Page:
Pat Gillick landing Brad Lidge from the Houston Astros during the November 2007 General Manager’s Meetings turned out to be one of the most important acquisitions in franchise history. Lidge would go 48 for 48 in saves for the 2008 Phillies, including striking out Eric Hinske of the Tampa Bay Rays to clinch the Phillies second World Series title.
Ed Wade – who was the Astros general manager at the time of the trade, but had spent 1998-2005 in the same role in Philadelphia – says the Astros had a second offer that could have drastically changed Phillies history if accepted.
During NBC Sports Philadelphia’s “World Champions: The Story of the ’08 Phillies” documentary Sunday, Wade said that the Astros discussed a second trade for Lidge. That trade involved the Astros landing Cliff Lee from the Cleveland Indians.
While the Astros did net a package highlighted by Michael Bourn – who made one of his two All-Star appearances as a member of the Astros – Lee unquestionably would have been a better acquisition.
Like Lidge, Lee had a disastrous 2007 season. In 20 games, 16 of which were starts, Lee posted a 6.29 ERA in 2007. He even spent time at Triple-A. Two years after posting a 3.8 fWAR and winning 18 games, Lee wasn’t on the Indians postseason roster when they blew a 3-1 ALCS lead to the eventual World Series champion Boston Red Sox.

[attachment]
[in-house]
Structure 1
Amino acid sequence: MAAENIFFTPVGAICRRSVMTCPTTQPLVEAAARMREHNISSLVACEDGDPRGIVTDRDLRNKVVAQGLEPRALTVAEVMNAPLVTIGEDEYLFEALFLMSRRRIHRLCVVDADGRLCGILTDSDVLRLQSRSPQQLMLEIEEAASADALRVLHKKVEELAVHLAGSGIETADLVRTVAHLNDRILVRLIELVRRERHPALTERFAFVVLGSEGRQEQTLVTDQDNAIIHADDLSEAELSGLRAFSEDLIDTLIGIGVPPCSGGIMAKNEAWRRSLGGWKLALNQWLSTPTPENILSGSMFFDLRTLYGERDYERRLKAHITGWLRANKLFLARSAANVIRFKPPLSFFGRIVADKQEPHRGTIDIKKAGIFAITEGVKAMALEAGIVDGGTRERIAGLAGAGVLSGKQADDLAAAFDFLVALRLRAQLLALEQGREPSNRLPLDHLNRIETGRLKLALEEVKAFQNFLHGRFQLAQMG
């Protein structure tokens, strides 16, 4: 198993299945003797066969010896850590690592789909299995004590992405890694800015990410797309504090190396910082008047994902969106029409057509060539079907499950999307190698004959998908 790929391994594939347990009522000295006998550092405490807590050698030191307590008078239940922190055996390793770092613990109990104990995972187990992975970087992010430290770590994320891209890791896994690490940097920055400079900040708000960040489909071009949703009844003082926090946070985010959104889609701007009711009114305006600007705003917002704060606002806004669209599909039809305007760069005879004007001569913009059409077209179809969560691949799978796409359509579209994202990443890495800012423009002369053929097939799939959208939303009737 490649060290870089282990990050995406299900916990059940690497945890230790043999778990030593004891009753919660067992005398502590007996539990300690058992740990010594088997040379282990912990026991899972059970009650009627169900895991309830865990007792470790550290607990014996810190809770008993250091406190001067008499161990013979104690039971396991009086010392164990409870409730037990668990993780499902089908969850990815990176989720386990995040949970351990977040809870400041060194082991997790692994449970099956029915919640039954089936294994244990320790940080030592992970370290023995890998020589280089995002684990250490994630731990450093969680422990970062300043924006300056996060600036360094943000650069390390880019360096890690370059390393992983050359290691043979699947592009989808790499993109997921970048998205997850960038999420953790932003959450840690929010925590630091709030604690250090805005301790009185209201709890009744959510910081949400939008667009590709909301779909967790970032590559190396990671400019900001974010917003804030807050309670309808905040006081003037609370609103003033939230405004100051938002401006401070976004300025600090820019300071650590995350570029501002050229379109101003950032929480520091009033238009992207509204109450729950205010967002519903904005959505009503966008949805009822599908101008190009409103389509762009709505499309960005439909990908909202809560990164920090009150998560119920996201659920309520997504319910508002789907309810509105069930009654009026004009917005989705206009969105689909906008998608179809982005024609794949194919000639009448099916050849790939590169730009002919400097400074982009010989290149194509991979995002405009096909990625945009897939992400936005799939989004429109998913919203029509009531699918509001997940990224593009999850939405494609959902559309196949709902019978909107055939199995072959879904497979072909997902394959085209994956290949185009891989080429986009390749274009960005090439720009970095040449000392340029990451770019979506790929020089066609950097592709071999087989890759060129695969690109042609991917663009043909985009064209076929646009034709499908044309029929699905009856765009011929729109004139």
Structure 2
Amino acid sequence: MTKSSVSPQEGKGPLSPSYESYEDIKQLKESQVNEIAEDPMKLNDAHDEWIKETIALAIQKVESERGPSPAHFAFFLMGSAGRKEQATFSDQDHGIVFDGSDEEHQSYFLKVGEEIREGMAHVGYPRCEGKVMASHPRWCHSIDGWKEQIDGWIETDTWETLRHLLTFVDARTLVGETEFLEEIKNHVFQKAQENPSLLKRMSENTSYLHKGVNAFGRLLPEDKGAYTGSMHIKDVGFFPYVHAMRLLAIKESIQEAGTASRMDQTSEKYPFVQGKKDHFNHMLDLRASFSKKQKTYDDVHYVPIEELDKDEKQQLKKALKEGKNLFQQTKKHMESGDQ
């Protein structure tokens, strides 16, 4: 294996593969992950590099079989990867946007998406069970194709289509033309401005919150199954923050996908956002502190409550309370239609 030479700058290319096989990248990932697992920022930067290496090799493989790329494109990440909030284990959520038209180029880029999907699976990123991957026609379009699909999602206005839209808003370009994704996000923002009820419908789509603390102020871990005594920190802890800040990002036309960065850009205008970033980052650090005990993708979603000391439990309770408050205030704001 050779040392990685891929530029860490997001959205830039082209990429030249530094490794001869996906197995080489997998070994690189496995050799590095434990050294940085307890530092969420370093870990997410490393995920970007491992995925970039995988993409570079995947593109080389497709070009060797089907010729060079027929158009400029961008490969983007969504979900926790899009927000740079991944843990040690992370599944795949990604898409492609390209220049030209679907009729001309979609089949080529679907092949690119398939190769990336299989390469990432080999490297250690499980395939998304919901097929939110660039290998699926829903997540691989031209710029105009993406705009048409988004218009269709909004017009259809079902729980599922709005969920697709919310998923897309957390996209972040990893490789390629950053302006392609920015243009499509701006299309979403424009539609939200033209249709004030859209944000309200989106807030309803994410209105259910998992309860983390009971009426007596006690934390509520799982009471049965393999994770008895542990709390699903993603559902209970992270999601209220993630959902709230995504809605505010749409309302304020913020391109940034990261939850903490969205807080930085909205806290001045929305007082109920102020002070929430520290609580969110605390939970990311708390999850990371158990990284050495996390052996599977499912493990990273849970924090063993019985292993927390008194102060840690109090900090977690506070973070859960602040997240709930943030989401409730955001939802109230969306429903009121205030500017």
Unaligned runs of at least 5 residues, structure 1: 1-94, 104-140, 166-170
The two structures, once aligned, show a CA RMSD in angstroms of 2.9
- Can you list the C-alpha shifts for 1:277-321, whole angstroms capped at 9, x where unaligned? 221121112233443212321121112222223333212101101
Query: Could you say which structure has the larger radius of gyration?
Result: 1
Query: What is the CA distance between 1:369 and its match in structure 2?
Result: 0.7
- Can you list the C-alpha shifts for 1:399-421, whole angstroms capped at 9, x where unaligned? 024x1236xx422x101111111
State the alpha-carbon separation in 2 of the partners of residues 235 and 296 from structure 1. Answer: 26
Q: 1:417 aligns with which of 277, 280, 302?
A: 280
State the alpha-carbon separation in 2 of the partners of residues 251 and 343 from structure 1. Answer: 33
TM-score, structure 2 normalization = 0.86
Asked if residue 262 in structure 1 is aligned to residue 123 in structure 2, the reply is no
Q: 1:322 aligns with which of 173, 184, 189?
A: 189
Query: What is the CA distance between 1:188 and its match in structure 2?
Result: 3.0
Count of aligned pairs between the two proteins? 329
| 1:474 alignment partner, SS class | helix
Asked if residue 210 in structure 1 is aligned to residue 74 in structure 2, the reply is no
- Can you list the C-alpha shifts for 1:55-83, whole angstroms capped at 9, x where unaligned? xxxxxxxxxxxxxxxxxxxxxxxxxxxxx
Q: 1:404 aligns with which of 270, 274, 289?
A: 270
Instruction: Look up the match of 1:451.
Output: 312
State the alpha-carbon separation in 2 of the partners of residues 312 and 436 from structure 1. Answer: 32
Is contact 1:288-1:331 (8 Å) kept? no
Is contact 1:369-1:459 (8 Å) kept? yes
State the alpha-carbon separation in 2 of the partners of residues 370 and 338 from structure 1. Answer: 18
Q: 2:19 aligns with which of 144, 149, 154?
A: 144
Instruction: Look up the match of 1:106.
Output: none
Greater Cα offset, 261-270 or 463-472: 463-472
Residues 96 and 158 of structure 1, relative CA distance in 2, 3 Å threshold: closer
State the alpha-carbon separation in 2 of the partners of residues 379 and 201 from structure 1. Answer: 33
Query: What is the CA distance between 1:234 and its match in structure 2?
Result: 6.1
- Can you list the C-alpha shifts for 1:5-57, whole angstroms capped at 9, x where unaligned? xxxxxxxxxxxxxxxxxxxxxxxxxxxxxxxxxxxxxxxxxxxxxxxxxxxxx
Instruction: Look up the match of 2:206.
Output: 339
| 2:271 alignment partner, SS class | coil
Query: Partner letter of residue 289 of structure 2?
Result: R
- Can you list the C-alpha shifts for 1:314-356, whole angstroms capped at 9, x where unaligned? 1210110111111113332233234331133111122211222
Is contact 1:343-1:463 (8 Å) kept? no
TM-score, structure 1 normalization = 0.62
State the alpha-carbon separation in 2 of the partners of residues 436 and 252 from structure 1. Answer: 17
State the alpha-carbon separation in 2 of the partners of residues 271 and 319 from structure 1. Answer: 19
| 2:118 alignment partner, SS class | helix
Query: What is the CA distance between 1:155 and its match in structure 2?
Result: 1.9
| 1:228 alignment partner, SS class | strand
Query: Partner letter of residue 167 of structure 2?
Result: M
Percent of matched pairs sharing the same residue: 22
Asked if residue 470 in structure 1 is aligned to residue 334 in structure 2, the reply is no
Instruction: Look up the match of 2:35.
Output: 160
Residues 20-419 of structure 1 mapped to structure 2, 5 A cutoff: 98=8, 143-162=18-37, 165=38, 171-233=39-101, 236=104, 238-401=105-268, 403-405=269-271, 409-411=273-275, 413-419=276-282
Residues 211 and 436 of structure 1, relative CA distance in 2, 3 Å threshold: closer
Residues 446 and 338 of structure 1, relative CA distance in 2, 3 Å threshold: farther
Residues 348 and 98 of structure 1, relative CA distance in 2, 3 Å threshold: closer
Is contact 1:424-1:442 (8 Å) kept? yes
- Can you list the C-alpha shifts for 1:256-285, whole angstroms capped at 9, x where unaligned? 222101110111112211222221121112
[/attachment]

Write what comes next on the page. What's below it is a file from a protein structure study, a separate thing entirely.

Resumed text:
Lee, of course, remained with the Indians for the 2008 season. In his age-29 season, Lee went 22-3 with a 2.54 ERA, a 2.83 FIP and a 6.7 fWAR. The Indians were forced to trade impending free-agent CC Sabathia that summer, but it was an easier pill to swallow with Lee ultimately winning the American League Cy Young Award.
The next summer, with Lee eligible for free-agency after the 2009 season, the Phillies acquired him from the Indians for Carlos Carrasco, Lou Marson, Jason Donald and Jason Knapp. Lee went 7-4 with a 2.83 FIP in 12 regular season starts in 2009. In the postseason, Lee was dominant for the Phillies, starting the NLDS off with a complete game against the Colorado Rockies. He then started wins in Game 4 of the NLDS and Game 3 of the NLCS against the Los Angeles Dodgers.
As the Phillies looked to defend their World Series title, Lee opened up the series by pitching a dominant Game 1 complete game against the Yankees. The Phillies didn’t win the series – a down-year from Lidge in 2009 was one of the reasons the Phillies weren’t able to repeat – but they most likely wouldn’t have returned there without Lee. He also started both of their World Series wins.
After the season, the Phillies traded Lee to the Seattle Mariners, while acquiring Roy Halladay from the Toronto Blue Jays. Halladay had made his preferences known at the time of the 2009 non-waiver trade deadline that he hoped to be moved to Philadelphia. The Phillies, unwilling to part with at least Kyle Drabek at that time, pivoted and acquired Lee. Had Lee been dealt to the Astros prior to 2008, he likely wouldn’t have been traded to the Phillies in 2009, so the Phillies probably would have ultimately parted with the necessary prospects to acquire Halladay in July of 2009 instead of December of 2009.
Lee became a free-agent after the 2010 season, ultimately choosing to return to the Phillies and join Halladay, Cole Hamels and the since-acquired Roy Oswalt. The Phillies won a franchise-record 102 games in 2011. While they weren’t able to win the World Series, one of the most dominant rotations in baseball history pitched the Phillies to one of the most magical seasons in franchise history. If Lidge had been traded to the Indians for Lee prior to the 2008 season, that almost certainly wouldn’t have happened. And who knows if Philadelphia would even be celebrating the 10-year anniversary of the 2008 World Series title right now.